For an interesting account of the relationship of Boehm and Princess Louise see The Mystery of Princess Louise Queen Victoria's Rebellious Daughter by Lucinda Hawksley pub. 2013

For a brief biography and list of Boehms works see -

Plaster bust of Ruskin 
National Portrait Gallery.

see -



John Ruskin

Marble bust of Ruskin
Unidentified location.

Picture from the Royal Collection
Photograph by Joseph Parkin Mayall (1829 - 1906)

Royal Collection Trust/© Her Majesty Queen Elizabeth II 2017

NB Terracotta bust of Lucius Verrus on the pedestal behind.

see below.

Overlifesize Bust of Lucius Verrus
SInscribed Beohm
(private collection)

Sunday, 7 May 2017

Bust of Alexander Pope bought by John Lane of the Bodley Head Publishers in Bath in 1919 (part 2).

Small Bust of Alexander Pope 
bought by John Lane in Bath in 1919 (part 2).

Given to the Victoria Art Gallery, Bath in 1925.
see my previous blog entry.

A photograph of the bust of Pope at the Victoria Art Gallery, Bath with the gilt attribution to Prince Hoare added to the socle in 1925

Photographs taken by the author 8 April 2016
in rather poor light in the offices of the Victoria Art Gallery.

I am very grateful to Phoebe Meiklejohn McLaughlin and staff at the Victoria Art Gallery for making the bust available and allowing me the opportunity to take photographs of it.

This intriguing little bust, approximately 20 cms tall is very definitely a smaller version of the original signed and dated Roubiliac bust of Pope of 1740 formerly with Lord Mansfield at Kenwood House, Hampstead and now in the Fitzwilliam Collection at Milton near Peterborough and is perhaps a preparatory sketch model from the Roubiliac studio.

For an in depth look at the Milton Fitzwilliam / Mansfield bust see my blog entry -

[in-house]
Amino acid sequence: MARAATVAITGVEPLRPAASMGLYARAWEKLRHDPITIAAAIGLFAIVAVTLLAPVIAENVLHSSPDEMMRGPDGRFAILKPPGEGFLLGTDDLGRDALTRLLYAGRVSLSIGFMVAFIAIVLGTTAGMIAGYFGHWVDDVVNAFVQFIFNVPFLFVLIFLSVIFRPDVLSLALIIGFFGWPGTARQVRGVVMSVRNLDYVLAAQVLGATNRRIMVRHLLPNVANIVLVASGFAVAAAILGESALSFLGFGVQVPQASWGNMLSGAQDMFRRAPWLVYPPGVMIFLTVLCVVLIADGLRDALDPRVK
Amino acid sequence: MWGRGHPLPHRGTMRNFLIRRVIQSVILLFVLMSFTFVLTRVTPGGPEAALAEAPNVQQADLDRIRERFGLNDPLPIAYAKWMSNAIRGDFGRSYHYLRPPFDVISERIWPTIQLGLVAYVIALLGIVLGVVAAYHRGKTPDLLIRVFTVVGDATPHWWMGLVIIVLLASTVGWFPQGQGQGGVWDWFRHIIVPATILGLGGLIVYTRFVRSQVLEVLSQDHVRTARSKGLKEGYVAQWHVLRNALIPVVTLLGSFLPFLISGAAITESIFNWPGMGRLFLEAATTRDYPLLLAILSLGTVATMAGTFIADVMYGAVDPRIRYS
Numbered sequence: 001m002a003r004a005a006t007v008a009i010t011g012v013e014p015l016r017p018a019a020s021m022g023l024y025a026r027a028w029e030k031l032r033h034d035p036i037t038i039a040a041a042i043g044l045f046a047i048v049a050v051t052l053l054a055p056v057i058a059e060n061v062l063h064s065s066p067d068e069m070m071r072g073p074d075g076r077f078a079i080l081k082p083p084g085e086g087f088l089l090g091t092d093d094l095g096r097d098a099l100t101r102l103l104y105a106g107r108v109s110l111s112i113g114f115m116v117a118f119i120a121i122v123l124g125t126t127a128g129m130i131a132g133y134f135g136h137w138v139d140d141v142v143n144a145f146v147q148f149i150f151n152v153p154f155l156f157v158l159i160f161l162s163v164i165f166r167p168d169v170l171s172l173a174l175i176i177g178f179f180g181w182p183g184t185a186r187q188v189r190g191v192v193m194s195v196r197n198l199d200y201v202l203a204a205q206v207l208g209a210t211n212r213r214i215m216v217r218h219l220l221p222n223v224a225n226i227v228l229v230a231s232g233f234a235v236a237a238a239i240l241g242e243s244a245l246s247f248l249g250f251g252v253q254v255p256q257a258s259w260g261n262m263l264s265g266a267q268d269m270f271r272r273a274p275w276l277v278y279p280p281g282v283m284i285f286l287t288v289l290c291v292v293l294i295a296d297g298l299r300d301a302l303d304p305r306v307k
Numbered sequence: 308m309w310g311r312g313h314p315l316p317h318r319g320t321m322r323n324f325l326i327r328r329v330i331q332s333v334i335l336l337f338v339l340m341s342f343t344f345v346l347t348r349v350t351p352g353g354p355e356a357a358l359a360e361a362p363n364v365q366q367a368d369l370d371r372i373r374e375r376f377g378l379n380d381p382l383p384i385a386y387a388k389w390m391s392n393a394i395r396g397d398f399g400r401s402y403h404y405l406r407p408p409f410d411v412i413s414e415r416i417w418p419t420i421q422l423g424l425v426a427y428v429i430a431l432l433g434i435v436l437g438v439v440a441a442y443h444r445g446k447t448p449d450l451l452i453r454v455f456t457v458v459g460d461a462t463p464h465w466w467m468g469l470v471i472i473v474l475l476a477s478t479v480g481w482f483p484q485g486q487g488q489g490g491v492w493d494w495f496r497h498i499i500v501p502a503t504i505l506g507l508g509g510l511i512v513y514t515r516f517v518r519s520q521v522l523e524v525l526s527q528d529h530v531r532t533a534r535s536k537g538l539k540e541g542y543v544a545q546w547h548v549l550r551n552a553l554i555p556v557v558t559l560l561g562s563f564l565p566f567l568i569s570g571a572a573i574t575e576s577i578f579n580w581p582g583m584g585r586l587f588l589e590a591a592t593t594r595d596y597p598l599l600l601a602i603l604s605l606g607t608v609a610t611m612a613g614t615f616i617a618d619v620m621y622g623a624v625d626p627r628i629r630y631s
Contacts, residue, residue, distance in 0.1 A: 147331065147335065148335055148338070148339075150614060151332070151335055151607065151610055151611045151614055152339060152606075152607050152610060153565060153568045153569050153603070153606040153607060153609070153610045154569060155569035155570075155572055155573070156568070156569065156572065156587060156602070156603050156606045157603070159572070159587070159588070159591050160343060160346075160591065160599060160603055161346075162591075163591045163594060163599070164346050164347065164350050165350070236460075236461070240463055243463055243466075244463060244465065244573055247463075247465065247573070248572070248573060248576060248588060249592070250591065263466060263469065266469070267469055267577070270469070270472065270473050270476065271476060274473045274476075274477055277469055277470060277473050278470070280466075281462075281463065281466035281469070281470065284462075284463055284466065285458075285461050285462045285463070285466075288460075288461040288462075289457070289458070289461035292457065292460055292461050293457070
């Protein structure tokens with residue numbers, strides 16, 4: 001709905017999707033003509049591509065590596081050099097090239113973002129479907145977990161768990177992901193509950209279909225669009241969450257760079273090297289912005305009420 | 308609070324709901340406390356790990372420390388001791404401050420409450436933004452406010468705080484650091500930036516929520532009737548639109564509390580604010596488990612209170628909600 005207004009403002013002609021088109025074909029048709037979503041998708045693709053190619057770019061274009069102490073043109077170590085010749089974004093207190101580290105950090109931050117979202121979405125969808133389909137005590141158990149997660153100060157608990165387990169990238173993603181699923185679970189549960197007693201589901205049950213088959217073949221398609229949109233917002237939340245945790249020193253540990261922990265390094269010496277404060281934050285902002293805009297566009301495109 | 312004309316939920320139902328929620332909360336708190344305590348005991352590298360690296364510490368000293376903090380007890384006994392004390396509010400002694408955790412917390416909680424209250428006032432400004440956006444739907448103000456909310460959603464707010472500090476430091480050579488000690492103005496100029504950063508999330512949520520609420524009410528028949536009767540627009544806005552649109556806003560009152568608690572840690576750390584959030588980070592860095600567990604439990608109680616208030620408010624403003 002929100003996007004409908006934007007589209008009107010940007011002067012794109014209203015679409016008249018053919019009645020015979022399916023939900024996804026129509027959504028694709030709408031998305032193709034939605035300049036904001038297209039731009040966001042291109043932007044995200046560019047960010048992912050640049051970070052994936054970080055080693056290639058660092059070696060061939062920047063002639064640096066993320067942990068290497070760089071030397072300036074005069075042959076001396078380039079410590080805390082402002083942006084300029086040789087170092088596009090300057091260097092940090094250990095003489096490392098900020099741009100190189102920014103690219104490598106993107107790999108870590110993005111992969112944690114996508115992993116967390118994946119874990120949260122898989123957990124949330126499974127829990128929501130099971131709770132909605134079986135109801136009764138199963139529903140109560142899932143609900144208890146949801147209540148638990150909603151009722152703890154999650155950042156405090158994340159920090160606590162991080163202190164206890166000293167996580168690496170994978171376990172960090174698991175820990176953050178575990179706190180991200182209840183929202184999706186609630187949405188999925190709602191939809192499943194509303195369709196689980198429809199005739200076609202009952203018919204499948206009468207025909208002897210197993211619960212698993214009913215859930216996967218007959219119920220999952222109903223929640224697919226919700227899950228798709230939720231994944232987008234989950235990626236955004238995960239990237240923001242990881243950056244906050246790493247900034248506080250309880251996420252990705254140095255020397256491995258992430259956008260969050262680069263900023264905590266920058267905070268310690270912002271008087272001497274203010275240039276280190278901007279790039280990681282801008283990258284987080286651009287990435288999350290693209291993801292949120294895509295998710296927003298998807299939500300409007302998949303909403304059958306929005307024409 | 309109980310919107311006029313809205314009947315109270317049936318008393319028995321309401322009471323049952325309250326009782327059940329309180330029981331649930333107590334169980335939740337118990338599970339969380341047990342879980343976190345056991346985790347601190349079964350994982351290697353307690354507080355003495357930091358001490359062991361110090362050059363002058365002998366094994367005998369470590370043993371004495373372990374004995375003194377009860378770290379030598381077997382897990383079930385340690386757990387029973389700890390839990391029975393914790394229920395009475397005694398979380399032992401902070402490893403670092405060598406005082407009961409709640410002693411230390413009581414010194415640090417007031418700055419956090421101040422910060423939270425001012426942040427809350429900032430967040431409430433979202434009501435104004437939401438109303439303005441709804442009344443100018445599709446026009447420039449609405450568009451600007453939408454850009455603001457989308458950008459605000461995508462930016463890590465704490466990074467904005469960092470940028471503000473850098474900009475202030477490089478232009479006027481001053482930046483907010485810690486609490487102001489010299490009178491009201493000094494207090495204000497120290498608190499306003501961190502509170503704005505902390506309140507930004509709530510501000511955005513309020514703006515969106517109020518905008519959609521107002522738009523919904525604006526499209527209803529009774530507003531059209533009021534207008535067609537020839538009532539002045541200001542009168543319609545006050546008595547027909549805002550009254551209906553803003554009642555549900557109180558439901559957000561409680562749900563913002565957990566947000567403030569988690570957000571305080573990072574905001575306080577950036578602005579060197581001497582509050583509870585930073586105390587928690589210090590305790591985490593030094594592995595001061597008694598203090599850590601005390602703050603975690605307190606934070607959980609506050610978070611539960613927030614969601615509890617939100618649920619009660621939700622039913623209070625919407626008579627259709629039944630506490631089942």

The photographs show a creamy colored statuary marble (although this could be the result of tobacco smoke) - it is rather grubby. There are various obvious flaws in the marble which can plainly be discerned in the photographs. Such flaws were disguised on larger 18th Century busts made for display, but in this case there appears to have been no attempt to conceal these flaws - although this disguising might have been removed or washed off by a restorer. There is very little polishing on the surface of the flesh and the eyebrows have not been cut perhaps suggesting that it never received a final polishing - the hair does not appear to have ever been polished

Below are photographs of the two busts side by side provided for comparison. As can be seen it lacks the definition and subtlety of the full size bust and the nose is not entirely successful

The chiseling of the detail of the hair should be noted, particularly the parting on the left hand side of the back.


I am including (below) some very poor photographs of the very thickly over painted plaster bust of Pope at Hughenden Manor, Buckinghamshire former home of the Prime Minister Benjamin Disreali (now National Trust) for further comparison.

This bust appears to have been cast directly from the Milton Marble bust.


The Metropolitan Museum New York, Marble bust of  Alexander Pope. 

by Joseph Nollekens (1737 - 1823).

see -

Just to muddy the waters I have to point out that Joseph Nollekens (1737 - 1823) or his studio produced at least two versions of this bust paired with a bust of Lawrence Sterne.

Although very close it is not an exact replica - the distinct parting of the hair on the back of Pope's skull is missing in the Nollekens version. See photograph below). This would suggest that the Victoria Art Gallery bust is not a version of the later Nollekens bust.

The bust of Sterne was produced c. 1765 - 66 (Met. Mus).

Bust of Laurence Sterne - pair to the Nollekens bust of Pope at the Metropolitan Museum.

Another pair of these busts were sold

Comparison Photographs of the Bronze bust of Pope sold by Sotheby's London 6 July 2007 
and the Victoria Art Gallery Bath Miniature bust.

Bronze bust 45.6 cms tall.

for Sotheby's Catalogue entry see -